As the largest resource of information specific to women's brain health, we are sure you will find what you are looking for, and promise that you will discover new information.
Published on: June 23, 2012
by News Medical:
Scientists at Charité – Universitätsmedizin Berlin have succeeded in recommending a new type of therapeutic approach to dementia. The study published in the journal Neurology shows that immune reactions against the body’s own nerve cells can be the cause of advanced dementia and an appropriate immune suppressive therapy can develop with significant effectiveness.
Dementia burdens society with high costs, and those affected by it and their family members carry a tremendous psychosocial burden. Dementia is increasingly perceived as a sword of Damocles over an aging society due to its often unclear origin, difficult prevention and unsatisfactory therapies.
Together with a workgroup and cooperation partners in Germany and the US, Dr. Harald Prüβ, physician at the Klinik für Neurologie of the Charité, was able to prove that dementia is also caused by the immune system. As an accessory symptom of an autoimmune disease, dementia can thus be treated. This approach to diagnostic criteria has been overlooked until now.
It was proven that a number of patients in this study who suffered from advanced memory loss had developed an immune defense response with antibodies against an ion channel in the brain, a so-called NMDA-type glutamate channel. Particular proteins in the nerve cell membrane are reduced leading to the characteristic disruption in nerve function and synapsis loss. Those affected exhibit memory problems and abnormalities in mood and emotion. Eliminating these antibodies through hemodialysis improved the symptoms in cerebral metabolism in the hippocampus region – a part of the brain that is relevant for memory performance and particularly affected by dementia.
“Through the study results, a completely new approach to diagnosing dementia can possibly result. At the moment we are working on a follow-up study with larger test groups in order to verify our approach even further,” explains Harald Prüβ. He adds: “The potential promise of this new approach is that completely new perspectives could result for an entire group of people suffering from dementia for whom no specific therapeutic option exists.”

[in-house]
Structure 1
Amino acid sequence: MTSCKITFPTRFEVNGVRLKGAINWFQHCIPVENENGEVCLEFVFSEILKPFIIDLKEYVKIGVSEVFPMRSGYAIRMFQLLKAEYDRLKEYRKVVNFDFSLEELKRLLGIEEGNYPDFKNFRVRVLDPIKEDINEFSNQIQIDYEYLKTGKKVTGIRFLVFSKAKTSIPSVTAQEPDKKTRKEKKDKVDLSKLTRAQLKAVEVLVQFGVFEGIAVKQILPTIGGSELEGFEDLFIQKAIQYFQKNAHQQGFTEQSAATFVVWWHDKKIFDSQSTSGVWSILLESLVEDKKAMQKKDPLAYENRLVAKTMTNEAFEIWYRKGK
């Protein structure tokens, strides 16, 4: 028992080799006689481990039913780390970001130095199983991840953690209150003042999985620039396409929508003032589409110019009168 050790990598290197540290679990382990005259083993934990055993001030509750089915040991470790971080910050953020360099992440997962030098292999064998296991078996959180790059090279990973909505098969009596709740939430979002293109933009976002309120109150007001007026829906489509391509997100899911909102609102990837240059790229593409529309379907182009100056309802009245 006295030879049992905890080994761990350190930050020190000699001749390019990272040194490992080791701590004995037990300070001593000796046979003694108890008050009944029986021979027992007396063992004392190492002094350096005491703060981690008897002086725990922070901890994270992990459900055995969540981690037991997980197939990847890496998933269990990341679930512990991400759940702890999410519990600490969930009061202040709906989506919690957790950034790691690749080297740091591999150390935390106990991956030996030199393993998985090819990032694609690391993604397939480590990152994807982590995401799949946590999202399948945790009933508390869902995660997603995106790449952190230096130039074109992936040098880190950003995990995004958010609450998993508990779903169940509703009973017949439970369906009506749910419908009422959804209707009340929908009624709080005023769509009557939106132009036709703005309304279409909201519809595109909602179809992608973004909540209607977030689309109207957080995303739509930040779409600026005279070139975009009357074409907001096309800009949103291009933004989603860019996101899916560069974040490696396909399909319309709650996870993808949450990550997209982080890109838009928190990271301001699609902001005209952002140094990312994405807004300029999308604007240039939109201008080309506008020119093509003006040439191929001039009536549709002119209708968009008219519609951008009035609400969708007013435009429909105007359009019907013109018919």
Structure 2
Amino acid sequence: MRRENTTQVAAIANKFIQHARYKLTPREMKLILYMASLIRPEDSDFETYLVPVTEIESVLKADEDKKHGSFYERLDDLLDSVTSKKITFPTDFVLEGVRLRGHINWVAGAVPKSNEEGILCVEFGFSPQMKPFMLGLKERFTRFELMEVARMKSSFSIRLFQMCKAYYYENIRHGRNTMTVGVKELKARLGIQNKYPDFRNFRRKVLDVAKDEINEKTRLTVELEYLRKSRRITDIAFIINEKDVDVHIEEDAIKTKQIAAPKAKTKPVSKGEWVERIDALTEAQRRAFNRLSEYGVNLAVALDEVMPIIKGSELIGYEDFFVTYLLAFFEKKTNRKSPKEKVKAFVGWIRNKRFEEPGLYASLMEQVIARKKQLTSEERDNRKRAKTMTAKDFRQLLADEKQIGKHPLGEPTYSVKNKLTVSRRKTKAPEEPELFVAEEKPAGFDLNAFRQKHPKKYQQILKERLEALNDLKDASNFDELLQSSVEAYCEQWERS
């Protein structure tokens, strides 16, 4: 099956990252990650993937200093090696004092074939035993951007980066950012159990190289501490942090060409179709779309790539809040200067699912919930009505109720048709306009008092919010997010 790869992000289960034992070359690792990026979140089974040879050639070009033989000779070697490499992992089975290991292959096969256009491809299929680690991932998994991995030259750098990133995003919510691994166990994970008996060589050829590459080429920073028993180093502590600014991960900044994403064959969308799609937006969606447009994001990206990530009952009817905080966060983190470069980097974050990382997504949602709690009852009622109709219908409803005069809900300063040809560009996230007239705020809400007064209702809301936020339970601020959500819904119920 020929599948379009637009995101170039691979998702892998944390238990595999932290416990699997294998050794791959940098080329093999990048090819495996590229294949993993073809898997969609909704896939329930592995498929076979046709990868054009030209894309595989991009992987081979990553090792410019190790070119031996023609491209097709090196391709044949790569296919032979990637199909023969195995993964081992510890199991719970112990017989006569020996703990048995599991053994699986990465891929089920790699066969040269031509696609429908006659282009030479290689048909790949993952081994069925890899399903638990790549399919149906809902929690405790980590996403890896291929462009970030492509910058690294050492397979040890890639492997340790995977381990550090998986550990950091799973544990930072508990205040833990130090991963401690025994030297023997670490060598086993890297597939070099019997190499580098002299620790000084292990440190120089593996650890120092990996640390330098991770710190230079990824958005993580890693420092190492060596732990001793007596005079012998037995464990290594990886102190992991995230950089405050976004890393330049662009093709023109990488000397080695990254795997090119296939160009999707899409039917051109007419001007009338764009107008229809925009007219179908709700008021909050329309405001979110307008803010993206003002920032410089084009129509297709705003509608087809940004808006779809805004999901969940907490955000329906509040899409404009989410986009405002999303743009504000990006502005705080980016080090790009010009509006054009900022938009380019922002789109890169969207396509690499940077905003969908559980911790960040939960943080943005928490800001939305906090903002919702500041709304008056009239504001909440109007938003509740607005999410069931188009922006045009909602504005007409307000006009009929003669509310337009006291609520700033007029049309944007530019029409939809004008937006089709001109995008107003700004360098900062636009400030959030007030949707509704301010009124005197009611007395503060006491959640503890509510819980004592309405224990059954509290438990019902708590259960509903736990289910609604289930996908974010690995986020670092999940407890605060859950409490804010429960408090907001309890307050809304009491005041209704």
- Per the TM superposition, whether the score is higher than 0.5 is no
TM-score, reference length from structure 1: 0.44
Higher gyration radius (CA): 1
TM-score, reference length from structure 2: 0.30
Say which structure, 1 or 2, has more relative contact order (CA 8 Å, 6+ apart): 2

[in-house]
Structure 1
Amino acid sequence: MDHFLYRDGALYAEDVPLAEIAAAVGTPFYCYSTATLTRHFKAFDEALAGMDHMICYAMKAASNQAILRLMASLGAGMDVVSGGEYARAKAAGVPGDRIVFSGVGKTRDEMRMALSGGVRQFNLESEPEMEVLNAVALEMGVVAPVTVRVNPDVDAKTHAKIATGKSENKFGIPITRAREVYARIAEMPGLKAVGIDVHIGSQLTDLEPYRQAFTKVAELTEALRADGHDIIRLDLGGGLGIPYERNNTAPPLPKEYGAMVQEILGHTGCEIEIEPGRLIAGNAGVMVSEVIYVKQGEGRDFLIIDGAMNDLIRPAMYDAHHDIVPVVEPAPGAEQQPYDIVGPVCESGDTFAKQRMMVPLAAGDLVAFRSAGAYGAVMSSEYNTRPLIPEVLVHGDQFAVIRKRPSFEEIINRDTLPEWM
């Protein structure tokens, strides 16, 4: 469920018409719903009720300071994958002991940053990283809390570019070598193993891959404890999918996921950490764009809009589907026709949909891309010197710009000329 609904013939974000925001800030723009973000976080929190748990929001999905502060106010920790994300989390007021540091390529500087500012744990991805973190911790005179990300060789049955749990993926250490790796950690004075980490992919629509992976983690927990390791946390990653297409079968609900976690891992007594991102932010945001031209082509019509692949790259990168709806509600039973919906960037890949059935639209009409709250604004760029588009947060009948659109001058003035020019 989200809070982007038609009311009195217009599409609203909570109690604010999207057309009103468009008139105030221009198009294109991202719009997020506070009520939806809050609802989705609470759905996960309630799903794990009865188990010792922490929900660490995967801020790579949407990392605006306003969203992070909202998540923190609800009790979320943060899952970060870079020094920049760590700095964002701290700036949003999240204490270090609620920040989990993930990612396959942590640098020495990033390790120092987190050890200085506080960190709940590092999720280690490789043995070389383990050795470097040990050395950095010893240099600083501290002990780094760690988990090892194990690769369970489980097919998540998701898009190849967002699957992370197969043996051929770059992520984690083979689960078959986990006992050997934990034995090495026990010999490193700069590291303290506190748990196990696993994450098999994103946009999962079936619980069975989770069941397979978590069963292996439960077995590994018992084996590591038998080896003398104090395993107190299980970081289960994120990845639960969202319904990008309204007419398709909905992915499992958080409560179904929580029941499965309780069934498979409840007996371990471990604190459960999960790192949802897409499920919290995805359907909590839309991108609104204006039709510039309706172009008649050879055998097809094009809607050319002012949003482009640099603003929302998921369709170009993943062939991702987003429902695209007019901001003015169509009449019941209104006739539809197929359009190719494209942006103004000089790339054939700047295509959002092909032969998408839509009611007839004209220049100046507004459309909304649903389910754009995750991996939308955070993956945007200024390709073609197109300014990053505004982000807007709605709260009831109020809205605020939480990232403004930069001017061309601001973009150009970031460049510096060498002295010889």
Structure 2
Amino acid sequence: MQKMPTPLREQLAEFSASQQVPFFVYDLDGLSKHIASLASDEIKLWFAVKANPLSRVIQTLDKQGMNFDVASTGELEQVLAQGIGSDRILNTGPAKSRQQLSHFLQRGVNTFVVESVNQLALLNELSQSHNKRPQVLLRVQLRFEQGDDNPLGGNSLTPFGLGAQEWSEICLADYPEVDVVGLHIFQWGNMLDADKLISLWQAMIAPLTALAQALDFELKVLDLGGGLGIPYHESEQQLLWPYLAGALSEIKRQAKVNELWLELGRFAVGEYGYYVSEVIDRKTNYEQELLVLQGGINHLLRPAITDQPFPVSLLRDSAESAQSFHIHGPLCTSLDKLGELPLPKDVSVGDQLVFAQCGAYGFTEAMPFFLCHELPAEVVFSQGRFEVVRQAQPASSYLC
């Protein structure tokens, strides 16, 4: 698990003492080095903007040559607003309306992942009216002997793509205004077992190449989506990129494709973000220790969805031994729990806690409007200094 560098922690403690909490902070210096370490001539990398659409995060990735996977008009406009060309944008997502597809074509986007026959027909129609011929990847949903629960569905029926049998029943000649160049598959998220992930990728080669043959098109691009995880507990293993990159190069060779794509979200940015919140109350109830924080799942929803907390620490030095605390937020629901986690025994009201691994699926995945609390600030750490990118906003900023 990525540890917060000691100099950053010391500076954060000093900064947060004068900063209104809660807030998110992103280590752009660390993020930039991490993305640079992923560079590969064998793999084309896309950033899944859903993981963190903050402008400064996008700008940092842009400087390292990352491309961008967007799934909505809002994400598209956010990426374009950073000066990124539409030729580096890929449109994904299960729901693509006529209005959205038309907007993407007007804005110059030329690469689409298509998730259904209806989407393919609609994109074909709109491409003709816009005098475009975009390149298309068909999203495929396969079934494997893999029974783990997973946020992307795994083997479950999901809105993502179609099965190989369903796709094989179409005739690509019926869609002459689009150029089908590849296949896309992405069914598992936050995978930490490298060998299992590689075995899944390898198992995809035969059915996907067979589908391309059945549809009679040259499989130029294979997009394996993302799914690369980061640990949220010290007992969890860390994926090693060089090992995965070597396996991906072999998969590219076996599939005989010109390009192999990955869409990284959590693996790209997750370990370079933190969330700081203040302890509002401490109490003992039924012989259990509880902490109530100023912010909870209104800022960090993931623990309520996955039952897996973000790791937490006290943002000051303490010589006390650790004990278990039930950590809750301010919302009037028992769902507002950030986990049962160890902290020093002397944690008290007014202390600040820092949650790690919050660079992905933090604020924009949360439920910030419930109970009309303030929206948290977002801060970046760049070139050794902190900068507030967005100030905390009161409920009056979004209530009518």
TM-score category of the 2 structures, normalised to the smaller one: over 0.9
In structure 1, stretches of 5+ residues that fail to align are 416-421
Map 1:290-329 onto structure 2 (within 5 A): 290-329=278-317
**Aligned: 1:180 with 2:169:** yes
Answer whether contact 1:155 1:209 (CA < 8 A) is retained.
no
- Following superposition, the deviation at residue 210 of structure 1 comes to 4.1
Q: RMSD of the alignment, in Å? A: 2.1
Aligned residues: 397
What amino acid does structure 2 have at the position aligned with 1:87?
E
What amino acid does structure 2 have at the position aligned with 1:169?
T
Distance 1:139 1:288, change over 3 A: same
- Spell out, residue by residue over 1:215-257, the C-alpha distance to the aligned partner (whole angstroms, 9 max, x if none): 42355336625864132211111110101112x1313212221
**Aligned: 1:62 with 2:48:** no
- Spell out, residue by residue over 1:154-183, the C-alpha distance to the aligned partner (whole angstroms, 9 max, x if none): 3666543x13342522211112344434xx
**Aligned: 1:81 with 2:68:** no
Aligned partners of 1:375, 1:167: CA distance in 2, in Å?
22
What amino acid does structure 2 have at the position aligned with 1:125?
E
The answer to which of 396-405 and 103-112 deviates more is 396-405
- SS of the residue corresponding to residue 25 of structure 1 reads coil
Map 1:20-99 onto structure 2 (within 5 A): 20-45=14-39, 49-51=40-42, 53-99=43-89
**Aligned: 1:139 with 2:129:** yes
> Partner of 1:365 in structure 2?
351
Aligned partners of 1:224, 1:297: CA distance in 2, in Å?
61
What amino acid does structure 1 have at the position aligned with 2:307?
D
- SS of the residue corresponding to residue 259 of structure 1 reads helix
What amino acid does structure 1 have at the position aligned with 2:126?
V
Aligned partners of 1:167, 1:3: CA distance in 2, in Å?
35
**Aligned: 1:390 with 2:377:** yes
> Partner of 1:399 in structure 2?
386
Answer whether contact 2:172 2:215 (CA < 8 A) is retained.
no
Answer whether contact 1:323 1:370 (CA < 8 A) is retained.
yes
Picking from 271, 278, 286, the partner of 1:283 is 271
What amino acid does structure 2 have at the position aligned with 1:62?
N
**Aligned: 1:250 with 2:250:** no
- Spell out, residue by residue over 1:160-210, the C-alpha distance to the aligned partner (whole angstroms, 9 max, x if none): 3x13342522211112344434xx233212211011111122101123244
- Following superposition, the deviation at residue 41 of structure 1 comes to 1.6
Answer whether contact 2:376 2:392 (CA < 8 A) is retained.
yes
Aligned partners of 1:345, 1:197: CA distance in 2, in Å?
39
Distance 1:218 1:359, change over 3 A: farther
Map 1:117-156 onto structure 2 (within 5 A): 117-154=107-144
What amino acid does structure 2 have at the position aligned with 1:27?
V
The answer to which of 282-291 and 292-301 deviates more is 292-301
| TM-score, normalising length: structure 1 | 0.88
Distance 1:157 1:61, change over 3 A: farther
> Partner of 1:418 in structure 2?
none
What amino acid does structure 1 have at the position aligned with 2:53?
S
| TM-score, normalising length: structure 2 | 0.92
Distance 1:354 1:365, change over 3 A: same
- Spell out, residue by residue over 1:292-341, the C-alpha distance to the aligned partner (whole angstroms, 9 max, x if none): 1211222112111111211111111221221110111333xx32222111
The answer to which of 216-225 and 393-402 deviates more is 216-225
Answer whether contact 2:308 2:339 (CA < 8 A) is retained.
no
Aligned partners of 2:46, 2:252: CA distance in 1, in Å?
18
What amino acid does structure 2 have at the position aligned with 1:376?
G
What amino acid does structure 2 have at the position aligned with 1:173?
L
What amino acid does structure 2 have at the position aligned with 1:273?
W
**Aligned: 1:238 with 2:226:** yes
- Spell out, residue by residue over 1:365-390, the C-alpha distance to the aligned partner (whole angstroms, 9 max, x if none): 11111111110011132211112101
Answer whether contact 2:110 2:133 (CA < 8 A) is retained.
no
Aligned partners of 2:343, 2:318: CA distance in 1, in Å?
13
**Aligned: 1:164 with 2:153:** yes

Dementia is a growing problem for people as they age, but it often goes undiagnosed. Now investigators at Harvard-affiliated Massachusetts General Hospital (MGH) and Beth Israel Deaconess Medical Center have discovered and validated a marker of...
While Jeanne Beker may be best known for her work in fashion journalism and television, she’s also an Honourary Board Member of the Women’s Brain Health Initiative (WBHI), a Canadian and U.S. foundation that works to combat brain-aging diseases and protect...
People who experience post-traumatic stress disorder may be twice as likely to have dementia later in life, according to a new study — a finding with important implications for the coronavirus pandemic. The...
The material presented through the Think Tank feature on this website is in no way intended to replace professional medical care or attention by a qualified practitioner. WBHI strongly advises all questioners and viewers using this feature with health problems to consult a qualified physician, especially before starting any treatment. The materials provided on this website cannot and should not be used as a basis for diagnosis or choice of treatment. The materials are not exhaustive and cannot always respect all the most recent research in all areas of medicine.